Nine Years

Tomorrow is our ninth anniversary.  Amidst the hurry-up of our lives, I strive to stay in the present and savour each day with the man I adore, and the little girls who own my heart – because it all goes so fast. And it doesn’t get any better than this.

Beachcombing at Miramar: The Quest for an Authentic Life

I have fallen in love with reading again. I devoured three memoirs in three weeks. Damn good memoirs. ( I will discuss the others in a future blog post.)

Last night I started reading my fourth: Beachcombing at Miramar: The Quest for An Authentic Life by Richard Bode. I read 38 pages aloud to my husband. We would have read until the wee hours of the morning, but it was a weeknight.

Bode is a superb writer, and a kindred spirit. He is a beachcomber (and writer) who is as in touch with the complexities of his  inner world, as he is the ocean landscape that he inhabits. He savours solitude (like me), and possesses a keen sense of wonder for the small, and beautiful mysteries in nature. (He dwells at length on a sand dollar he finds at the beach – observing the fine details on its surface, comparing it to a “lithotint of a master artist, a symphony on stone.”) And that alone would be enough to hook me. But it’s his observations of his fellow humans that really captivate me.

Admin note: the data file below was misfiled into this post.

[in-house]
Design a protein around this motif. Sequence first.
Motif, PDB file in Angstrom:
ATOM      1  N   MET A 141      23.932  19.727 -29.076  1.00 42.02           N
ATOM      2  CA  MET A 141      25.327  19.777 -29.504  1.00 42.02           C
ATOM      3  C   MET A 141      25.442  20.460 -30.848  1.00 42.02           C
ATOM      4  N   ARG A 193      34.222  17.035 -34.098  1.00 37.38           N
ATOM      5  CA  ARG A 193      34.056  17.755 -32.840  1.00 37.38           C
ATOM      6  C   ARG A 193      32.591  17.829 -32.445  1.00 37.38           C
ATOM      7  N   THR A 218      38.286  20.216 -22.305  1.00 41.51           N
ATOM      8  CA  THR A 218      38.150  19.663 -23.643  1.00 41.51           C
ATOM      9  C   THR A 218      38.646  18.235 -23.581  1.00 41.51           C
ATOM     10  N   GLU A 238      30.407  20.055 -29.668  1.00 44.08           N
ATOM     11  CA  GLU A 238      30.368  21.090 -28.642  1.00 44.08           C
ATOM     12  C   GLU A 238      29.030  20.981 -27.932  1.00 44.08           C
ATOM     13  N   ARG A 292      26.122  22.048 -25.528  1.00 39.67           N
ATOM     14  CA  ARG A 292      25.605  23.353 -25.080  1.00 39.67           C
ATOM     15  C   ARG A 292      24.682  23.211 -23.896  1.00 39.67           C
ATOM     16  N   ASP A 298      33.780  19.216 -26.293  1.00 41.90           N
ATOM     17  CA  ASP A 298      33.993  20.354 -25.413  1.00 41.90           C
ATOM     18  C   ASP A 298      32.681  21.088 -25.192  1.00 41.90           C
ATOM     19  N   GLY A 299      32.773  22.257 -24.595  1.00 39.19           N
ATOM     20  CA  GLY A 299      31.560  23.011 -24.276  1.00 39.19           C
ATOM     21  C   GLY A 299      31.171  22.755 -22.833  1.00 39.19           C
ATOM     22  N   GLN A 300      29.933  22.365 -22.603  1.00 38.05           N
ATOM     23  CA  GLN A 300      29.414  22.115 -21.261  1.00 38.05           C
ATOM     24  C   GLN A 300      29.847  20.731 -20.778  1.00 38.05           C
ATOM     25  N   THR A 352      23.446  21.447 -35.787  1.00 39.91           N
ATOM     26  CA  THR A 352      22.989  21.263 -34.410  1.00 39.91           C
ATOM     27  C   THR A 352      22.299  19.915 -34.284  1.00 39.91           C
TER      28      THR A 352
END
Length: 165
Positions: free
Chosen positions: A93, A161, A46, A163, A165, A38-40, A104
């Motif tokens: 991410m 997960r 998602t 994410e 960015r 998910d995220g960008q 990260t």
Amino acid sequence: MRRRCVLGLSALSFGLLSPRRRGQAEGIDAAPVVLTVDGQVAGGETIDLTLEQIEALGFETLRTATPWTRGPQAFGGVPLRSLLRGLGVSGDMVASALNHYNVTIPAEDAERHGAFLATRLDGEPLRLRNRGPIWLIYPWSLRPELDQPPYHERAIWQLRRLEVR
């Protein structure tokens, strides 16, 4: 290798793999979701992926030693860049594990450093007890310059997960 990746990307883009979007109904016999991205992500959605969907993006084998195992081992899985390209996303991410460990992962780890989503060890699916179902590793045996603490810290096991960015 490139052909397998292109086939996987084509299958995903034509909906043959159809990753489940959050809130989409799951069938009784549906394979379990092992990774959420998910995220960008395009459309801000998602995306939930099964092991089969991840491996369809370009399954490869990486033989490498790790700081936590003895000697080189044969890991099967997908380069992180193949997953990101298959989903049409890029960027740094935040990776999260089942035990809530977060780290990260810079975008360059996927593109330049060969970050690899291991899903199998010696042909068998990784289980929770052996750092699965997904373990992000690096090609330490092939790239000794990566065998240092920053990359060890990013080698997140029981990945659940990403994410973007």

Divorced after a thirty year marriage, Bode searches for love, and is deeply analytical of the relationships he encounters between men and women. He speaks of being “alone”, not lonely like “the mismatched husbands and wives” he sees everywhere.

He walks the beach to find himself (and maybe her?) It is at the beach that he finds authenticity.

He writes:

How is it, I ask myself, that I have so little money, yet I live so well?

I know the answer even before the question has filtered through my brain. It lies, in part, in what I have shed, the material encumbrances of life that once weighed me down, and, in part, in the useful objects I discover – the bric a brac, the artifacts, the relics, the castaway bits and pieces of civilization – as I comb the sand.

I have deep admiration for those who, like Bode,  abandon materialism and take on this human adventure  in a much more naked state.  I believe that the more “stuff”  we have, the bigger the chasm between our ego-driven existence and true enlightenment. I have far to go.

140 Characters

I used to sit cross-legged on my bed, scribbling poetry into journals.

Now there is Twitter.

Where is that cabin the woods? The one near the beach-with-heaps-of-sea-glass?

I’m going there soon.


140 Characters (or The Dimwit Martini)


By Christina Friedrichsen


Communication is

as indelible as the white whisp of an airplane on a cotton candy sky.

Deep as paper, but stylish, with Ikea quality.


Embrace it, baby.


Condense.


Learn to love it. No. Love, love, love it.

Like the halo of shoes that floats above your head

or the shades of lipstick

that smear glossy exclamation marks onto your

pretend smile.


Do not lament

the yesterday scent of paraffin

on the bedside table.

The loops of ink

trailing on the page -

words written,

untexted.


Embrace it, baby.


The code of characters

140 strong.

Muscle up

on your whipped

cream words.


Pretend it’s a cocktail party.

Make-believe that the

dimwit martini

is going down

smooth.


Just don’t let ‘em

see you spit

it out

in your purse.



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